Islam's holy relics destroyed by Saudi plans

By Jerome Taylor

A huge expansion in Mecca has led to the destruction of key historical sites.

Mecca, the birthplace of the Prophet Muhammad in Hajez, Saudi Arabia, is being turned from a dusty pilgrimage town to a gleaming metropolis. Photo / Islamic Heritage Research Foundation
Mecca, the birthplace of the Prophet Muhammad in Hajez, Saudi Arabia, is being turned from a dusty pilgrimage town to a gleaming metropolis. Photo / Islamic Heritage Research Foundation

Authorities in Saudi Arabia have started dismantling some of the oldest sections of Islam's most important mosque as part of a controversial multibillion-dollar expansion.

Photographs reveal workers with drills and mechanical diggers have started demolishing some Ottoman and Abbasid sections on the eastern side of the Masjid al-Haram in Mecca.

The building, also known as the Grand Mosque, is the holiest site in Islam because it contains the Kaaba - the point to which all Muslims face when praying. The columns are the last remaining sections of the mosque which date back more than a few hundred years and form the inner perimeter on the outskirts of the white marble floor surrounding the Kaaba.

The photos, taken over the past few weeks, have caused alarm among archaeologists and have surfaced as Prince Charles, a long-term supporter of preserving architectural heritage, visited Saudi Arabia with the Duchess of Cornwall.

Human rights campaigners criticised the timing of his tour after the Saudis shot seven men in public despite major concerns about their trial and the fact that some of the men were juveniles at the time of their alleged crimes.

Many of the Ottoman and Abbasid columns in Mecca were inscribed with intricate Arabic calligraphy marking the names of the Prophet Muhammad's companions and key moments in his life. One column, which is believed to have been ripped down, is supposed to mark the spot where Muslims believe Muhammad began his heavenly journey on a winged horse, which took him to Jerusalem and heaven in a single night.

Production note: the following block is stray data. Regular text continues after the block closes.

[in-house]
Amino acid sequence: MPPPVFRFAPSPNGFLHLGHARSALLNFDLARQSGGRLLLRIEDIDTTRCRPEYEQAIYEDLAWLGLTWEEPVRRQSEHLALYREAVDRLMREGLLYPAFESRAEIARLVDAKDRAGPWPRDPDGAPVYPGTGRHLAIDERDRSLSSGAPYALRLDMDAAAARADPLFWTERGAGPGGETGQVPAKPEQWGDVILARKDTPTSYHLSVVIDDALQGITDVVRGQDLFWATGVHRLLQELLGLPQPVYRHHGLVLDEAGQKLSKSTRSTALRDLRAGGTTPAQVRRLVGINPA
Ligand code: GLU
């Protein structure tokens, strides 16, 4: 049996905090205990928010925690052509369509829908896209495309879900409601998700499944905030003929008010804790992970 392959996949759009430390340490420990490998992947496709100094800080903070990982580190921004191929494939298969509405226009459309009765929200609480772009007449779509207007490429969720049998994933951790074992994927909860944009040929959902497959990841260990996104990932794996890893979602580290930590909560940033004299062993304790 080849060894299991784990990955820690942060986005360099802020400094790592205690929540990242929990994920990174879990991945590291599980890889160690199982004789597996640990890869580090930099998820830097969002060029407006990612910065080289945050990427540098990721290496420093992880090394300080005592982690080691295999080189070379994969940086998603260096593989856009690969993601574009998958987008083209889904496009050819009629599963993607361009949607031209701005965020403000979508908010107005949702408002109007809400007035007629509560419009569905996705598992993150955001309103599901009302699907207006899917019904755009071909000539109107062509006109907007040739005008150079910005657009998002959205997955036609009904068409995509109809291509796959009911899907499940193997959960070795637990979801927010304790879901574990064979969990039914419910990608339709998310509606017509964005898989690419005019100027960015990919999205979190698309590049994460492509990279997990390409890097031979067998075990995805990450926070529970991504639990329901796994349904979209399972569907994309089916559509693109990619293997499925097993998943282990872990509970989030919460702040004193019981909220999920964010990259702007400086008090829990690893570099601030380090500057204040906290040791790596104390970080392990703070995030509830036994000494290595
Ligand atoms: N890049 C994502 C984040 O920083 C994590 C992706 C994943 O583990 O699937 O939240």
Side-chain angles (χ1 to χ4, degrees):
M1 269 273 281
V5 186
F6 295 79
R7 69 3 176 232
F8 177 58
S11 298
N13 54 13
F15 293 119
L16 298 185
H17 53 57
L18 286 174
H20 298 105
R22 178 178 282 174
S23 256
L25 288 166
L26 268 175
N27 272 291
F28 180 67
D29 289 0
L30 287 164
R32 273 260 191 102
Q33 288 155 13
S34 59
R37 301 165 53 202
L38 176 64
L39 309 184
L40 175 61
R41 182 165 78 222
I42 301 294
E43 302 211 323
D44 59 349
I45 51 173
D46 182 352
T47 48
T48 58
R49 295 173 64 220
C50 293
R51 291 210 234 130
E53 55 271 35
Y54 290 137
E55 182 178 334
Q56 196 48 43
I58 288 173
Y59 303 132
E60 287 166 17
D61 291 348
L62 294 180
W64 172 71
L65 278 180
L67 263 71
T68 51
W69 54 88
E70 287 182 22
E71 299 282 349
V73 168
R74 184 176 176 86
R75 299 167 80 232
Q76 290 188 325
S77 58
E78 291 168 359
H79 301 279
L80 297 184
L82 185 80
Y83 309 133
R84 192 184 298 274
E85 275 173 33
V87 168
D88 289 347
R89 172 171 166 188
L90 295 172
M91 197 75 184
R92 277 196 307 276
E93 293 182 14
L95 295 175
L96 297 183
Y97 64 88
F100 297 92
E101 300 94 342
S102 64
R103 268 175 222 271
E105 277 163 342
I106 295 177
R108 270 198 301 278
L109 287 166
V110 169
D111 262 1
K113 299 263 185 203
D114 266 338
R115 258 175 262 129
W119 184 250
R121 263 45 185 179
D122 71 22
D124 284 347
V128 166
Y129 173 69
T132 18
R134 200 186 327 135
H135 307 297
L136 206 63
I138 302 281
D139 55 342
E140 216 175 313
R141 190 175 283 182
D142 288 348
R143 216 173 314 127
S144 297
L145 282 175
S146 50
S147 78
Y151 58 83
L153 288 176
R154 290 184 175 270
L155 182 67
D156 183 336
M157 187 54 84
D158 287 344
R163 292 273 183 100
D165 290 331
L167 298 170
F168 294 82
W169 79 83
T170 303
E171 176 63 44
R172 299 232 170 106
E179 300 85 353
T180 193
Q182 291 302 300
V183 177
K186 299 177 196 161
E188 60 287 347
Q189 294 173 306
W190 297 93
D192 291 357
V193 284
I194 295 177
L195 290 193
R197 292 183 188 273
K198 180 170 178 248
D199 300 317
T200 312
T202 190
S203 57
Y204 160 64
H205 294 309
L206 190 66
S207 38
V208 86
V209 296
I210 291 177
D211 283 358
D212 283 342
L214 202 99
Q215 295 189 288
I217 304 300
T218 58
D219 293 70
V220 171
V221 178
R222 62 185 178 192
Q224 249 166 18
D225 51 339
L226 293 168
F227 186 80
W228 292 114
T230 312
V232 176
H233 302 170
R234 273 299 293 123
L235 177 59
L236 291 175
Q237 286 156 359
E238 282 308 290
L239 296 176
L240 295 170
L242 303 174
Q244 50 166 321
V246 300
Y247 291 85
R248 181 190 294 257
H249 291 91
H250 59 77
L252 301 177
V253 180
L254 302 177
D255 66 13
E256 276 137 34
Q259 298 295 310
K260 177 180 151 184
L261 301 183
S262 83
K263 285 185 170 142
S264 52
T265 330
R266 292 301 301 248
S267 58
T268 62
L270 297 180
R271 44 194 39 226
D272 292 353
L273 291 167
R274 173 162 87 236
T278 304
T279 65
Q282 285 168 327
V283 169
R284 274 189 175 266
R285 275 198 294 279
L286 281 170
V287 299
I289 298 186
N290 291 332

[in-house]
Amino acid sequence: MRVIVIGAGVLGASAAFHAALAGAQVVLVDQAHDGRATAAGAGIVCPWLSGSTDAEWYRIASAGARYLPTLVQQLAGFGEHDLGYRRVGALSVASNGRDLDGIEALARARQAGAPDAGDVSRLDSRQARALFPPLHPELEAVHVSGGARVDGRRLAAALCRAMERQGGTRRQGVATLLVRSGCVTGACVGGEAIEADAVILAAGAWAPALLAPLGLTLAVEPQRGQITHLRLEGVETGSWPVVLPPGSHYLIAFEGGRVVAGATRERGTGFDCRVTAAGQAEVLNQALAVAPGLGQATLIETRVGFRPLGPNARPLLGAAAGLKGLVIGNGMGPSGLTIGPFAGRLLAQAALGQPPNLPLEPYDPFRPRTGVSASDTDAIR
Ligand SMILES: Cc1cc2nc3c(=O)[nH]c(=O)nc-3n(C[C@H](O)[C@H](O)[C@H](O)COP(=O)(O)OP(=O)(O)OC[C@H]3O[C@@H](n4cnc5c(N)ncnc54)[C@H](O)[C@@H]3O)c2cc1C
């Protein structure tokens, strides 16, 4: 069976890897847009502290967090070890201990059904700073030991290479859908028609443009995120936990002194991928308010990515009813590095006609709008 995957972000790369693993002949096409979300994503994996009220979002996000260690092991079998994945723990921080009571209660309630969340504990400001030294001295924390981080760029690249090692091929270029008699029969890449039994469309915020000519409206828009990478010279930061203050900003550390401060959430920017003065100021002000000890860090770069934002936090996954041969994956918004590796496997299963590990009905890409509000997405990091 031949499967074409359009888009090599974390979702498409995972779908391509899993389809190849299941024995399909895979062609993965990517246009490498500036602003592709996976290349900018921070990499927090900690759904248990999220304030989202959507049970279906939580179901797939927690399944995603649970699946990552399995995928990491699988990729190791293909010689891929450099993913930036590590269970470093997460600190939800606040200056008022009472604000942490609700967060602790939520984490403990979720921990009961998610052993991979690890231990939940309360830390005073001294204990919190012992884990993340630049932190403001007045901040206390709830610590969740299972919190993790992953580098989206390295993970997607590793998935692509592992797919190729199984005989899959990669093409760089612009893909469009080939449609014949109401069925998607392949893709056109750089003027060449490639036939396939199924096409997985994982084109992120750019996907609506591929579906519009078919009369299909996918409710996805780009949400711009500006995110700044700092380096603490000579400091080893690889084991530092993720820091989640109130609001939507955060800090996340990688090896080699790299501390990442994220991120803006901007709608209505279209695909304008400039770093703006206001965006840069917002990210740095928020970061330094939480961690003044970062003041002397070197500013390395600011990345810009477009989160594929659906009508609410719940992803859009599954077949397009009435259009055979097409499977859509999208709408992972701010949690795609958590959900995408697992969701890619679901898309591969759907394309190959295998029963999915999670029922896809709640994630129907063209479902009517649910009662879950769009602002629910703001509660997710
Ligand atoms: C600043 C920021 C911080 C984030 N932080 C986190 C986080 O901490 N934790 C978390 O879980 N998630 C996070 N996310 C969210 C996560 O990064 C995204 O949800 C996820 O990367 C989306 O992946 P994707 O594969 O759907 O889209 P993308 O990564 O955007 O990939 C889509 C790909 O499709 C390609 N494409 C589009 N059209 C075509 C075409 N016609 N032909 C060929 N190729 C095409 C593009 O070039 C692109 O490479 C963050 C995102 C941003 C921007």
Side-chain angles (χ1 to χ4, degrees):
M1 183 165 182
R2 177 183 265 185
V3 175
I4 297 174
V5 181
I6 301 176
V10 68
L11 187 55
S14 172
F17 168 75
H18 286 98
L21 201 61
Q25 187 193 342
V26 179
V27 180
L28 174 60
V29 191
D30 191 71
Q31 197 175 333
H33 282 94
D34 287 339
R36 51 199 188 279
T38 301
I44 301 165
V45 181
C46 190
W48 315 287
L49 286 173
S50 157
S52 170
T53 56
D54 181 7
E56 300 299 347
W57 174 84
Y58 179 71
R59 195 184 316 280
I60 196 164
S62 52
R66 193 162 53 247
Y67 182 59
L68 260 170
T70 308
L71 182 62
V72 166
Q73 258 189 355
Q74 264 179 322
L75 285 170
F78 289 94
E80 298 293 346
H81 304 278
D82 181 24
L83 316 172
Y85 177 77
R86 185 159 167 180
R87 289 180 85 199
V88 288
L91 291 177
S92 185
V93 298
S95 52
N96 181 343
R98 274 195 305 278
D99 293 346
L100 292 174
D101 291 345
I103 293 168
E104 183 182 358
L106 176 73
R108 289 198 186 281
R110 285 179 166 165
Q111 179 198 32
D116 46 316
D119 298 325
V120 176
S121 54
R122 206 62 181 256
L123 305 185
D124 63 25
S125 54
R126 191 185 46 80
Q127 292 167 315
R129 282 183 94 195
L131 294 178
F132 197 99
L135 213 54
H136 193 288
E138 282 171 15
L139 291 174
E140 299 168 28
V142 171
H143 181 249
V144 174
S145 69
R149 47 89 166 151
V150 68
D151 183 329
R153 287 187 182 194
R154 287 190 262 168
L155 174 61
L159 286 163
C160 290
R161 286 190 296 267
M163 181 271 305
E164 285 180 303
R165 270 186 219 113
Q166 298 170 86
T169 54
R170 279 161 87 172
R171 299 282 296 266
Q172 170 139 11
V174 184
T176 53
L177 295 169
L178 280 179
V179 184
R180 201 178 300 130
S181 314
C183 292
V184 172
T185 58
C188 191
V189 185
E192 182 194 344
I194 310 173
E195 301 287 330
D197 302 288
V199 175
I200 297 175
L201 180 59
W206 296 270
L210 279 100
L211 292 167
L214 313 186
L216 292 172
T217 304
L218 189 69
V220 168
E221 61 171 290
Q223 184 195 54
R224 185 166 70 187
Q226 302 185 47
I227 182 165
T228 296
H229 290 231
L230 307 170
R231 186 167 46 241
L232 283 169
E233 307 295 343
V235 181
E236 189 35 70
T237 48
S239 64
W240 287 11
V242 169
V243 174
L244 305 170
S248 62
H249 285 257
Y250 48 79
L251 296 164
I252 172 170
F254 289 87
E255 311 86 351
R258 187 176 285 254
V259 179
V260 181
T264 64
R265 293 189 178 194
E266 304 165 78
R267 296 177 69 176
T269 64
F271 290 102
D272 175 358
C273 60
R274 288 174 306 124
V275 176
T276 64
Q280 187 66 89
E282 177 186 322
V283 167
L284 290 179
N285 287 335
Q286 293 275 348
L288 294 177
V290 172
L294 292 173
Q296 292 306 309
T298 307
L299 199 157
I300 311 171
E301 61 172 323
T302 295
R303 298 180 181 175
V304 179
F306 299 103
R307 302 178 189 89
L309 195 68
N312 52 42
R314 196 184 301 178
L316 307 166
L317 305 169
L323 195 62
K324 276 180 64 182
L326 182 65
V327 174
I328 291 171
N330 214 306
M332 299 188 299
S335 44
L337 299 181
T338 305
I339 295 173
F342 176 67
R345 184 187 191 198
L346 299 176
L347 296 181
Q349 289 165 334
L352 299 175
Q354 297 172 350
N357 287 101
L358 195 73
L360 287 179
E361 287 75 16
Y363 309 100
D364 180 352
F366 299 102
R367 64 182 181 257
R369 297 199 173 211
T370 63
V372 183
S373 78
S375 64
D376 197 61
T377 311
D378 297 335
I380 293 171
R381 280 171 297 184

To accommodate the ever-increasing number of pilgrims heading to the twin holy cities of Mecca and Medina, the Saudi authorities have embarked upon a massive expansion project. Billions of dollars have been poured in to increase the capacity of the Masjid al-Haram and the Masjid an-Nabawi in Medina, which marks where Muhammad is buried. Prominent Wahabi cleric and imam of the Grand Mosque, Abdul Rahman al-Sudais, is in charge of the expansion and the Saudi Binladin Group - one of the country's largest firms - has the construction contract.

Although there is little disagreement over the need to expand, critics have accused the Saudi regime of wantonly disregarding the archaeological, historical and cultural heritage of Islam's two holiest cities.

In the past decade Mecca has been transformed from a dusty desert pilgrimage town into a gleaming metropolis of skyscrapers that tower over the Masjid al-Haram and are filled with shopping malls, luxury apartments and five-star hotels.

But the transformation has come at a cost. The Washington-based Gulf Institute estimates 95 per cent of Mecca's millennium-old buildings have been demolished in the past two decades. Dozens of key historical sites dating back to the birth of Islam have been lost, and there is a scramble among archaeologists and academics to encourage the authorities to preserve what little remains.

Many senior Wahabis are vehemently against the preservation of historical sites linked to the prophet because they believe it encourages shirq - the sin of idol worshipping.

But Dr Irfan al-Alawi, executive director of the Islamic Heritage Research Foundation which obtained the photos from inside the Grand Mosque, says the removal of the Ottoman and Abbasid columns will leave future generations of Muslims ignorant of their significance.

"Many of these columns signified certain areas of the mosque where the Prophet sat and prayed," he said. "The historical record is being deleted. A new Muslim would never have a clue because there's nothing marking these locations now. There are ways you could expand Mecca and Medina while protecting the historical heritage of the mosque itself."

There are signs that King Abdullah has listened to concerns about the historical destruction of Mecca and Medina. Last October, the Independent revealed how new plans for the Masjid an-Nabawi in Medina would result in the destruction of three of the world's oldest mosques on the west side of the main complex. However, new plans approved by King Abdullah appear to show a change of heart with the bulk of the expansion now slated to take place to the north of the Masjid an-Nabawi.

However key sites are still at risk. The Independent has obtained a presentation the Saudis used to illustrate how the expansion of Mecca's main mosque will look. It is clear that the Bayt al-Mawlid, an area believed to be the house where Muhammad was born in, will have to be removed.

- Independent

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